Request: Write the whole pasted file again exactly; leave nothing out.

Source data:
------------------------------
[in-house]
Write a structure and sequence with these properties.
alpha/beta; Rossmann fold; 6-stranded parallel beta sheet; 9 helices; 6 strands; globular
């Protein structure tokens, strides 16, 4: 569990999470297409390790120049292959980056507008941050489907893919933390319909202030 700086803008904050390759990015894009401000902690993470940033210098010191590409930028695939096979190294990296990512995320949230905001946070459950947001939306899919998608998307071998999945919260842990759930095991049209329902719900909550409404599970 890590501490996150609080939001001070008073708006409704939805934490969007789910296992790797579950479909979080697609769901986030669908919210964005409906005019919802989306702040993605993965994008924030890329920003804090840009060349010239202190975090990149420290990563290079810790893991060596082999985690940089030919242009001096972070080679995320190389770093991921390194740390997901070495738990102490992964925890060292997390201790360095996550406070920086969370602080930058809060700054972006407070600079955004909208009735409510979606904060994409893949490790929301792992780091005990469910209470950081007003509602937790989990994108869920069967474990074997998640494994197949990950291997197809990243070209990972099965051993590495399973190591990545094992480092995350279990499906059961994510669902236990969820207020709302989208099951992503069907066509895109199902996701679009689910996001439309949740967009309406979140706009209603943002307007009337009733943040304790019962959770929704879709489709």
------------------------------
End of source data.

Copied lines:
[in-house]
Write a structure and sequence with these properties.
alpha/beta; Rossmann fold; 6-stranded parallel beta sheet; 9 helices; 6 strands; globular
């Protein structure tokens, strides 16, 4: 569990999470297409390790120049292959980056507008941050489907893919933390319909202030 700086803008904050390759990015894009401000902690993470940033210098010191590409930028695939096979190294990296990512995320949230905001946070459950947001939306899919998608998307071998999945919260842990759930095991049209329902719900909550409404599970 890590501490996150609080939001001070008073708006409704939805934490969007789910296992790797579950479909979080697609769901986030669908919210964005409906005019919802989306702040993605993965994008924030890329920003804090840009060349010239202190975090990149420290990563290079810790893991060596082999985690940089030919242009001096972070080679995320190389770093991921390194740390997901070495738990102490992964925890060292997390201790360095996550406070920086969370602080930058809060700054972006407070600079955004909208009735409510979606904060994409893949490790929301792992780091005990469910209470950081007003509602937790989990994108869920069967474990074997998640494994197949990950291997197809990243070209990972099965051993590495399973190591990545094992480092995350279990499906059961994510669902236990969820207020709302989208099951992503069907066509895109199902996701679009689910996001439309949740967009309406979140706009209603943002307007009337009733943040304790019962959770929704879709489709």